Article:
Indoor Contact Grills

George Foreman 4 serving grill; grilling chicken tenders
If you can’t have an outdoor grill, either because you don’t have a place for it, or your landlord won’t allow one because of justifiable fire concerns, or if, like us, there are only 2 of you, you might find an indoor contact grill is for you.  We love ours.
Contact grills have a top and bottom grill plate and close over the food to cook both sides at once.  The advantage of a folding contact grill is that they cook on both sides simultaneously and require less attention from the cook.  They also contain grease spatters and mess.
My favorite is a 4 serving George Foreman grill with removable plates that I only paid $30 for.  It heats quickly, cooks very well, is easy to clean, and has a floating hinge so your food isn’t squashed.  My Panini grill didn’t have the floating hinge, and limited me to just sandwiches or open grilling.  
The biggest drawback...their idea of 4 servings is more adequate for 2, which works for us.  If you actually need 4 servings, look at a little bigger version, there are several.  
The advantages, at that price, I can afford to replace it if we wear it out,   we have no grease floating around the kitchen when I cook, and the speed is unbelievable.  It's much faster than the one I bought when they first became popular, and removable plates are a big improvement; they can be washed in the dishwasher if you wish.  We use it at least once or twice a week.
So what can you grill on your indoor grill? Most anything you would outside. Indoor grills don't have the ability to drain liquids as well as outdoor grills and you don't want marinades running over your counter, so when grilling marinated meats allow them to drain first, although there is a liquid-catching tray that comes with the grill.  
To get delicious grilled flavor from protein like meat, poultry, fish, it's important to start with the right type of cut. Lean, tender pieces that aren't full of fat or connective tissue are the best choices. You'll get the best results from thinner pieces of meat, such as flank steak, pork chops or chicken breasts that have been pounded to around 3/4 inches, or thin fish fillets like tilapia or trout. The reason? The thinner the piece, the faster it'll cook. It's also helpful if the meat is relatively uniform in its thickness so that it will cook evenly.
Because you're not going to be getting the smoky flavor you would from a charcoal grill, you'll want to season your meat.  A simple sprinkling of salt and pepper is fine, but we like buying or making a spice rub. Evenly sprinkle or rub this into the meat and let it sit a few minutes before putting it on the grill. You could also use a barbecue, grilling sauce, or marinade, which can be applied about 20 minutes before you're ready to cook. The easiest way to marinate meat is to put the meat and the marinade in a large zip-top bag and maneuver it around with your fingers so that the meat is evenly coated. Store the bag of meat in the refrigerator while it's marinating, but bring it out about 20 minutes before you're ready to start cooking so it can come up to room temperature.
Make sure the grill is well heated before you put the meat on.  I let my George Foreman grill preheat 5-6 minutes.  Put your meat on the grill, at a roughly 45˚ angle to the grill lines to achieve the most attractive grill marks.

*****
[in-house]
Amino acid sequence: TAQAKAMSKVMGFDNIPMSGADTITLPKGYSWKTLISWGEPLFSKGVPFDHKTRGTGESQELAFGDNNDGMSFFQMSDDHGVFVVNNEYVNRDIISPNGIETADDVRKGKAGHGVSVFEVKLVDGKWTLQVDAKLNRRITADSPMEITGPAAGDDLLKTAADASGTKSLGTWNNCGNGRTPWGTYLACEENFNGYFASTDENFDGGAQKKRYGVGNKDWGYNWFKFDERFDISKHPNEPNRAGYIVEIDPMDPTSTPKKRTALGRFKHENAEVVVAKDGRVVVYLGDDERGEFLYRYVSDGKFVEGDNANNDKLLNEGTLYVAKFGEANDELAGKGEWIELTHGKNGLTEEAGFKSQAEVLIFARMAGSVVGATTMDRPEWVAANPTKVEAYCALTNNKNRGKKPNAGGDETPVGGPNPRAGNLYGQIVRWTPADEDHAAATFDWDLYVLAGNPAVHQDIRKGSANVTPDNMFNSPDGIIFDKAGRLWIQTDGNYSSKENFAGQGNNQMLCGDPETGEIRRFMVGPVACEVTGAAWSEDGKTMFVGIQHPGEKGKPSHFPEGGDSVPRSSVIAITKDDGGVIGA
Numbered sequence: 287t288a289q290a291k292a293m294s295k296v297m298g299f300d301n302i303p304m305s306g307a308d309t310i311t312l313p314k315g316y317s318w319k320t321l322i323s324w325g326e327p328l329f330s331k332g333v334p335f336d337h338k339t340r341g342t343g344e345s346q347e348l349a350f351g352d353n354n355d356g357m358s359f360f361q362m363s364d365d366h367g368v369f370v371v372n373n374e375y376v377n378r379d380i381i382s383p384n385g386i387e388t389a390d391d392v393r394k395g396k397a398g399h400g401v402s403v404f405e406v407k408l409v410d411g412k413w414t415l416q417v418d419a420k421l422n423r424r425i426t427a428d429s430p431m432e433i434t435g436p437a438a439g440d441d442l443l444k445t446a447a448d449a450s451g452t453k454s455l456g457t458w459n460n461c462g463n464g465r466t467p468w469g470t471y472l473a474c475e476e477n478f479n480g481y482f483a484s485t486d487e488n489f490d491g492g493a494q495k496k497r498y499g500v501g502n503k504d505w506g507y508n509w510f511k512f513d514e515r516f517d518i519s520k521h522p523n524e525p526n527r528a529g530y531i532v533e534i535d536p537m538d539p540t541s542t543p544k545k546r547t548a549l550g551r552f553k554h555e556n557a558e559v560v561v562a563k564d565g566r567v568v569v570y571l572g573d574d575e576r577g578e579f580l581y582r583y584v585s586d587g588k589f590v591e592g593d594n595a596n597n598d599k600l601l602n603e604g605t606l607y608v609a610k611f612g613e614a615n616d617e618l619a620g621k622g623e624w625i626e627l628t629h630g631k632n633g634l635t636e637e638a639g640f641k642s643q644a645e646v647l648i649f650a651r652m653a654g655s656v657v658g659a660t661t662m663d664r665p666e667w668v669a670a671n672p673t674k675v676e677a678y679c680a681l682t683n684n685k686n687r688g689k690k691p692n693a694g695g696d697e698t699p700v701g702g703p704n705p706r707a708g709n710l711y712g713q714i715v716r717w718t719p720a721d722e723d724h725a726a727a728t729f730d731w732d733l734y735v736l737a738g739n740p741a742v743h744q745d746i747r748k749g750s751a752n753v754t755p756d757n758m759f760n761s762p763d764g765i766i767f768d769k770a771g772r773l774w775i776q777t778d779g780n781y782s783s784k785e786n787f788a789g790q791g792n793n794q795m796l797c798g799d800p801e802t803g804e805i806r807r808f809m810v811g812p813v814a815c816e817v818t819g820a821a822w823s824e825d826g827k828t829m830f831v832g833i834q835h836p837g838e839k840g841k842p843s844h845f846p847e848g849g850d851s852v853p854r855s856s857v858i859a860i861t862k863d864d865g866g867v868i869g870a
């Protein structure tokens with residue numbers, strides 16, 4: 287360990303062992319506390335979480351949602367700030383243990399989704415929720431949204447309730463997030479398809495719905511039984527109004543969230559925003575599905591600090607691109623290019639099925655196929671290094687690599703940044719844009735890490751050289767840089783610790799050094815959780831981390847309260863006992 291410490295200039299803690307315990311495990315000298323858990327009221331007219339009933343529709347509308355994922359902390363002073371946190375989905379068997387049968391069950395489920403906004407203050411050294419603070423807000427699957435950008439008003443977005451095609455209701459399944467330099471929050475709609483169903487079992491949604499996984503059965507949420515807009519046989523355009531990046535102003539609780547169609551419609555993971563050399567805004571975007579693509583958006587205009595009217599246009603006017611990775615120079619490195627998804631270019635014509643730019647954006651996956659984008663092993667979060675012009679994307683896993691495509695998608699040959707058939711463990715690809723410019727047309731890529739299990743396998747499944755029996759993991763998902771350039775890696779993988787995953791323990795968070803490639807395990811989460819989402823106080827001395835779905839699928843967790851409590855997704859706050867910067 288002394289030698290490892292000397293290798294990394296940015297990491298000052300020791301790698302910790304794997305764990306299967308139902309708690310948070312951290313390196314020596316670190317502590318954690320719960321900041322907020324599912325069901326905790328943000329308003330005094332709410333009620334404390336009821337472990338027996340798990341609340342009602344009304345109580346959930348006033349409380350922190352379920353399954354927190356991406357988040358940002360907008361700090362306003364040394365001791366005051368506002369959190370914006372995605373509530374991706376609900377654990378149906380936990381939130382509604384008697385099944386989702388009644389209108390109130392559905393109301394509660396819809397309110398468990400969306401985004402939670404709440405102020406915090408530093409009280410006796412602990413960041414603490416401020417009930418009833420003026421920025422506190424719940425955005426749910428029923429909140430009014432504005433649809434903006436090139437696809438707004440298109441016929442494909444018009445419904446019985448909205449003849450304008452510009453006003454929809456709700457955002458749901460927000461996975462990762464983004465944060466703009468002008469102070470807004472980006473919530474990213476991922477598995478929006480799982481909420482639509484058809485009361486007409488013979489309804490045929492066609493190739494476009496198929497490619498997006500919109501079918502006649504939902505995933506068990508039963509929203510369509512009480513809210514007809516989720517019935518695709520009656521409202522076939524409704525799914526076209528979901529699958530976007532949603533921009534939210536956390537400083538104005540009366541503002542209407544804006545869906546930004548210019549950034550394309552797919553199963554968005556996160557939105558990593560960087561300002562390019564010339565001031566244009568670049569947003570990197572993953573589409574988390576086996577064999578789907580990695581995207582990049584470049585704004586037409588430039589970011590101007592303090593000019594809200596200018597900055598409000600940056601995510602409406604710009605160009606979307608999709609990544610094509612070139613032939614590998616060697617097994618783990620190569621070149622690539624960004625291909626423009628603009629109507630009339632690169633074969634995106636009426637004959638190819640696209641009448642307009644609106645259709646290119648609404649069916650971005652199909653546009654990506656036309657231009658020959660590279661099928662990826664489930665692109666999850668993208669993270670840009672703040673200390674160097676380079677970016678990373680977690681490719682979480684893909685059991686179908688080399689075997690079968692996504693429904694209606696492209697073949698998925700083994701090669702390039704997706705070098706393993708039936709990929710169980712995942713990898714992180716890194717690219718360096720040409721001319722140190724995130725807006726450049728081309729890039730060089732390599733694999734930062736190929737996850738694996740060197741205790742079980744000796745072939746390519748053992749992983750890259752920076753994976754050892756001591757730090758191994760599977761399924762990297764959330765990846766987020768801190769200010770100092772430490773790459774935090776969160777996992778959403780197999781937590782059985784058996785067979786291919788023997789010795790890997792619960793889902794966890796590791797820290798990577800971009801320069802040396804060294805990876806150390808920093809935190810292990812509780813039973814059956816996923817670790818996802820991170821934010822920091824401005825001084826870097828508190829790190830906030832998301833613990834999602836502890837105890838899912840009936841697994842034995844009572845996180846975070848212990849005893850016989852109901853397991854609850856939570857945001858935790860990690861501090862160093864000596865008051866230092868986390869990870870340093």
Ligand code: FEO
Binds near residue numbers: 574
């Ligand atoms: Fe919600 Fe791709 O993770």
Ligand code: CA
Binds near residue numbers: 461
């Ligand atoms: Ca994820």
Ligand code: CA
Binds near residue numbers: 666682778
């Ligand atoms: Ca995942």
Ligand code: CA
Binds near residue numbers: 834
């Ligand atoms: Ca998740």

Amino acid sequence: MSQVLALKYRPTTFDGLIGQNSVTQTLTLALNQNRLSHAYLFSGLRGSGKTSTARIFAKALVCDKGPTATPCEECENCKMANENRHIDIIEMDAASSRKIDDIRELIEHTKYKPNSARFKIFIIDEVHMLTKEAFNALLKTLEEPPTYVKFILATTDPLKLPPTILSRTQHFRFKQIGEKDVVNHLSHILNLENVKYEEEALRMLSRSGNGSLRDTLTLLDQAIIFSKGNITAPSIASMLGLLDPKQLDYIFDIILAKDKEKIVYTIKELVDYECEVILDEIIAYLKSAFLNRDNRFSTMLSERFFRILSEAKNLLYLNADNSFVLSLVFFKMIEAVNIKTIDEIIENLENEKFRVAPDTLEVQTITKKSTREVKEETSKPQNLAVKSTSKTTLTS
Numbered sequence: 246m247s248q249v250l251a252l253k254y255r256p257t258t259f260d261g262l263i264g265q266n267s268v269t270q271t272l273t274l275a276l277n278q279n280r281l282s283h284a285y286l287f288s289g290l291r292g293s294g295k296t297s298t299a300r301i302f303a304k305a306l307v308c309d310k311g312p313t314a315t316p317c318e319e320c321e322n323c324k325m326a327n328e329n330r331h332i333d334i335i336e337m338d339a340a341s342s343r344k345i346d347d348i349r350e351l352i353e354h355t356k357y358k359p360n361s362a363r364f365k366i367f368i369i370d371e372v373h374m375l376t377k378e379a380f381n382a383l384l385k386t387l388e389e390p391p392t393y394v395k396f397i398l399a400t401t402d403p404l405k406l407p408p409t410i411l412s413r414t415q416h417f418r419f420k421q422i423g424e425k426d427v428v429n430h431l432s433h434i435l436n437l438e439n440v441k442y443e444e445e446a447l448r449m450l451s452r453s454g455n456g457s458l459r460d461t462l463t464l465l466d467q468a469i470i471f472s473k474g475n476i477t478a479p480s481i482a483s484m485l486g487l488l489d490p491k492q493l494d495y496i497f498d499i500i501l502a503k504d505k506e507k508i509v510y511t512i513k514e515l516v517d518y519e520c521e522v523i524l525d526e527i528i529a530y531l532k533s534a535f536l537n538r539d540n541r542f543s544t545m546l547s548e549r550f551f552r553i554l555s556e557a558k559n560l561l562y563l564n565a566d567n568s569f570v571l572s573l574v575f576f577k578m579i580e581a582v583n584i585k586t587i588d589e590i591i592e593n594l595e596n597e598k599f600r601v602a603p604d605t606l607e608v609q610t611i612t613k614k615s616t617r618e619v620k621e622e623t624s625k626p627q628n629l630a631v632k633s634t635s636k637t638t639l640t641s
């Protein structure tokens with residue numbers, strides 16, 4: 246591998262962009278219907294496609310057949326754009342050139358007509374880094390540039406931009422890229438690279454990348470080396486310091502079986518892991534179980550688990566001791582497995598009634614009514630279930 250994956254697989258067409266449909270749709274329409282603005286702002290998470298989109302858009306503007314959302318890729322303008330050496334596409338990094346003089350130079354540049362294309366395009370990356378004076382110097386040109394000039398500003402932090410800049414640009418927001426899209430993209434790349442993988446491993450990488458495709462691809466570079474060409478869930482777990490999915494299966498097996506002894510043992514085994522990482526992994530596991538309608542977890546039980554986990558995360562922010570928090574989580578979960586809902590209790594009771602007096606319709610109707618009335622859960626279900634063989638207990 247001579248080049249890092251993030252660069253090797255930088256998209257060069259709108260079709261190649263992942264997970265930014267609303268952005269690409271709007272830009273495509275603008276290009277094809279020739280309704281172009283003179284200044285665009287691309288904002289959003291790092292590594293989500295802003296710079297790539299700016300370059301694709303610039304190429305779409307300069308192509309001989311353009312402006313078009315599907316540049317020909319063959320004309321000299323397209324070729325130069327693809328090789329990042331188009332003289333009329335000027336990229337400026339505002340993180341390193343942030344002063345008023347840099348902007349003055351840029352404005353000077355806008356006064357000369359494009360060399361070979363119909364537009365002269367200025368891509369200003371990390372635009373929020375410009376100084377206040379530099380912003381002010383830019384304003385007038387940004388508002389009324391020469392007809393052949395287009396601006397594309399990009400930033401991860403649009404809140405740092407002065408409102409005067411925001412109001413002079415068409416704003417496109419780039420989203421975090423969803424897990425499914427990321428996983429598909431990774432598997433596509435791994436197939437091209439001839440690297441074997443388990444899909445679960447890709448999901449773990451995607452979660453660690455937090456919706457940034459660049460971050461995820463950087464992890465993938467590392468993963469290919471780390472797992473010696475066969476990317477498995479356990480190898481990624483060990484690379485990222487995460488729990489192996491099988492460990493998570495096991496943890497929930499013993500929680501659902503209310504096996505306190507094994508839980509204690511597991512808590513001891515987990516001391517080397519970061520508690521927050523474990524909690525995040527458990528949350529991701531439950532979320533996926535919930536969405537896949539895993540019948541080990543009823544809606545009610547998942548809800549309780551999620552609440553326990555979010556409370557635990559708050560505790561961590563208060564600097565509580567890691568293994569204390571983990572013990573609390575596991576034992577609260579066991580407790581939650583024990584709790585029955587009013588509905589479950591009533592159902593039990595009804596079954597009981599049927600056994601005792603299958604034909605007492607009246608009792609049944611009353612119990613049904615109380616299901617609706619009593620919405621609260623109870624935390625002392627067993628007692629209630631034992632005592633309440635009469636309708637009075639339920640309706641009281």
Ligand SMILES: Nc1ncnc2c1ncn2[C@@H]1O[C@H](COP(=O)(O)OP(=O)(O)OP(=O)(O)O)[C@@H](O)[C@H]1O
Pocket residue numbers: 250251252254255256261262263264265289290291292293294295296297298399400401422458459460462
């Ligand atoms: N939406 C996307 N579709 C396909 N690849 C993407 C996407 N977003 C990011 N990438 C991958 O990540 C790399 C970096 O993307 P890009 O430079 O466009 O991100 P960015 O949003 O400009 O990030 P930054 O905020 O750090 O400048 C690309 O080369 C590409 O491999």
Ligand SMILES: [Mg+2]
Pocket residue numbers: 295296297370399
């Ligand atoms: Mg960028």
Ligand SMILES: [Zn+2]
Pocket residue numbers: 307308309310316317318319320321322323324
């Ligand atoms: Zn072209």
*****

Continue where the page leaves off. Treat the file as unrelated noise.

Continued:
I prefer testing my meat it with a food thermometer, and consulting a list of safe food temperatures to make sure cooked to a proper temperature.
If you're using a contact grill, be sure to close the grill gently over the food so you don't compress it and risk squeezing the juices out. Foods cooked in a contact grill will take roughly half the amount of time they'd take on an open grill, since they are being cooked simultaneously on both sides, and also since the heat is more enclosed within the top and bottom grill plates.
To clean my contact grill, I lay 3 or 4 layers of very wet paper towels between the plates, and let them soak while we eat our meal.  I simply remove the towels and wash the plates in a little sudsy water in the sink; letting them dry thoroughly before snapping them back into the grill.  They can be washed in the dishwasher, but I want to prolong the finish as long as I can.  My grill directions specifically say to avoid cooking sprays on the grill plates, because they cause a gummy residue you can’t remove.  Use non-metal tongs or spatulas to help preserve the non-stick finish.
I found I like this small hardcover cookbook to use with my grill more than others I looked at, called The Indoor Grilling CookbookIt's by Julie Stillman, from 2001.  I purchased it inexpensively used.

Here’s my husband’s favorite Foreman grill recipe…because the sandwiches are gooey in the middle, and the bread is crisp on the outside.

        Easy Foreman Grill Grilled Cheese Sandwiches
  2             slices  your favorite bread
  2             slices  your favorite cheese (American is the classic)
1             tablespoon  butter
I recommend a firm bread for these sandwiches…homemade is great!
Preheat your Foreman Grill for at least 5 minutes. Use medium-high setting if your grill has temperature settings. Place the cheese between the bread slices and spread the butter on the outside of each slice in a nice thin layer. Place on the grill, close lid, and check after about 3 minutes.

Some other recipes to try:

Pork Chops on the George Foreman Grill

Grilled Minute Steaks on the George Foreman Grill

Grilled Chicken Recipes on the George Foreman Grill

1 comment:

  1. We have a panini press and went thru a spell of using it all the time. I like my sandwiches crisp and toasty.


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